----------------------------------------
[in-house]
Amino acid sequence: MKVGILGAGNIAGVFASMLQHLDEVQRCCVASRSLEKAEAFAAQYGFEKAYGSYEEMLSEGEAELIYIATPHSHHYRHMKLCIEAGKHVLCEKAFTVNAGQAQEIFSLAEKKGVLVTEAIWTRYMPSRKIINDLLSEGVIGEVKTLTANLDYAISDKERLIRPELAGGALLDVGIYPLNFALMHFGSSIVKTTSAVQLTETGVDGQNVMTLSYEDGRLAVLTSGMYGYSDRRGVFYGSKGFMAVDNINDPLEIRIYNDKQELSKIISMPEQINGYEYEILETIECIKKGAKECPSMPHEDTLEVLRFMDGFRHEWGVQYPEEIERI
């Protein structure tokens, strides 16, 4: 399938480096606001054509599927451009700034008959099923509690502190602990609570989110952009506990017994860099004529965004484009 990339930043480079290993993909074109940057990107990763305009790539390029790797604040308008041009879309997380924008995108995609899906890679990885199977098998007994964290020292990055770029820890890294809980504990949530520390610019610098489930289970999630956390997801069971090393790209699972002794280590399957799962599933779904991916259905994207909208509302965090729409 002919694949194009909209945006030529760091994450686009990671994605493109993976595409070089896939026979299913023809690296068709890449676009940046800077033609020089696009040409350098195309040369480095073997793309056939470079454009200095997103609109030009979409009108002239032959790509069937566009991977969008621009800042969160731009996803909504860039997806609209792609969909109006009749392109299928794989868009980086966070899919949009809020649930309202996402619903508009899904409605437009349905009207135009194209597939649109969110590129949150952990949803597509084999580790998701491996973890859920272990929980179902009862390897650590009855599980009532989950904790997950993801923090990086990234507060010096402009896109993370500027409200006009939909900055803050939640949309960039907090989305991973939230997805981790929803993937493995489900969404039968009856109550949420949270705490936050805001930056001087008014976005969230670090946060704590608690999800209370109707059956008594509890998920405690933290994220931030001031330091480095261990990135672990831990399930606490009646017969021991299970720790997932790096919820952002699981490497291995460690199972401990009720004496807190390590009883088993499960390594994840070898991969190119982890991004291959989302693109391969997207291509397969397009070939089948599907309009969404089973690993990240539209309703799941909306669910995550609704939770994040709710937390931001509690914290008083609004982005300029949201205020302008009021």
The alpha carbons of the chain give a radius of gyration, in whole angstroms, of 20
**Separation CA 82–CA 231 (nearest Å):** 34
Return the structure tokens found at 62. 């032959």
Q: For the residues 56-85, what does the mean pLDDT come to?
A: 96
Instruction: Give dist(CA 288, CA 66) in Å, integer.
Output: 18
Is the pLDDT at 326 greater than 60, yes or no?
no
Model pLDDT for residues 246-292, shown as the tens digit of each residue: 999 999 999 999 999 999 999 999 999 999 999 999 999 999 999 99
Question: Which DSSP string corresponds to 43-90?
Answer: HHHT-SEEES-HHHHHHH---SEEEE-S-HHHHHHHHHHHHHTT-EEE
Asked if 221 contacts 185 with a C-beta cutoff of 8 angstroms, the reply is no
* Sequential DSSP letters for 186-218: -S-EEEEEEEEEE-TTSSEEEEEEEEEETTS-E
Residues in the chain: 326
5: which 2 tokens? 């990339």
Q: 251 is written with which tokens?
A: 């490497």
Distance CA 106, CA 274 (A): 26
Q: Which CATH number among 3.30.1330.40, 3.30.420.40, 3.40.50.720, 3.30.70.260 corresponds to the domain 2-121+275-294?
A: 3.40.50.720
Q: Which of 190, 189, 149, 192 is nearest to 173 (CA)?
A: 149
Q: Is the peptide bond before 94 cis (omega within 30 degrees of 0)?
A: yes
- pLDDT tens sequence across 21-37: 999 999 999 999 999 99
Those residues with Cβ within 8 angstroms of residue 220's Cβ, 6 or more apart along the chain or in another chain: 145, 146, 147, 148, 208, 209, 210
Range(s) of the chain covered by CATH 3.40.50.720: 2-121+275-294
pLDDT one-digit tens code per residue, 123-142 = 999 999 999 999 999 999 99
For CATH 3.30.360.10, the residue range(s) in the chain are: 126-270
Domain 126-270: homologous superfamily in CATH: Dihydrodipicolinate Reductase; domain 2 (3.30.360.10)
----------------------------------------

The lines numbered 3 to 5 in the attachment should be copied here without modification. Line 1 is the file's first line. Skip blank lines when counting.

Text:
């Protein structure tokens, strides 16, 4: 399938480096606001054509599927451009700034008959099923509690502190602990609570989110952009506990017994860099004529965004484009 990339930043480079290993993909074109940057990107990763305009790539390029790797604040308008041009879309997380924008995108995609899906890679990885199977098998007994964290020292990055770029820890890294809980504990949530520390610019610098489930289970999630956390997801069971090393790209699972002794280590399957799962599933779904991916259905994207909208509302965090729409 002919694949194009909209945006030529760091994450686009990671994605493109993976595409070089896939026979299913023809690296068709890449676009940046800077033609020089696009040409350098195309040369480095073997793309056939470079454009200095997103609109030009979409009108002239032959790509069937566009991977969008621009800042969160731009996803909504860039997806609209792609969909109006009749392109299928794989868009980086966070899919949009809020649930309202996402619903508009899904409605437009349905009207135009194209597939649109969110590129949150952990949803597509084999580790998701491996973890859920272990929980179902009862390897650590009855599980009532989950904790997950993801923090990086990234507060010096402009896109993370500027409200006009939909900055803050939640949309960039907090989305991973939230997805981790929803993937493995489900969404039968009856109550949420949270705490936050805001930056001087008014976005969230670090946060704590608690999800209370109707059956008594509890998920405690933290994220931030001031330091480095261990990135672990831990399930606490009646017969021991299970720790997932790096919820952002699981490497291995460690199972401990009720004496807190390590009883088993499960390594994840070898991969190119982890991004291959989302693109391969997207291509397969397009070939089948599907309009969404089973690993990240539209309703799941909306669910995550609704939770994040709710937390931001509690914290008083609004982005300029949201205020302008009021």
The alpha carbons of the chain give a radius of gyration, in whole angstroms, of 20
**Separation CA 82–CA 231 (nearest Å):** 34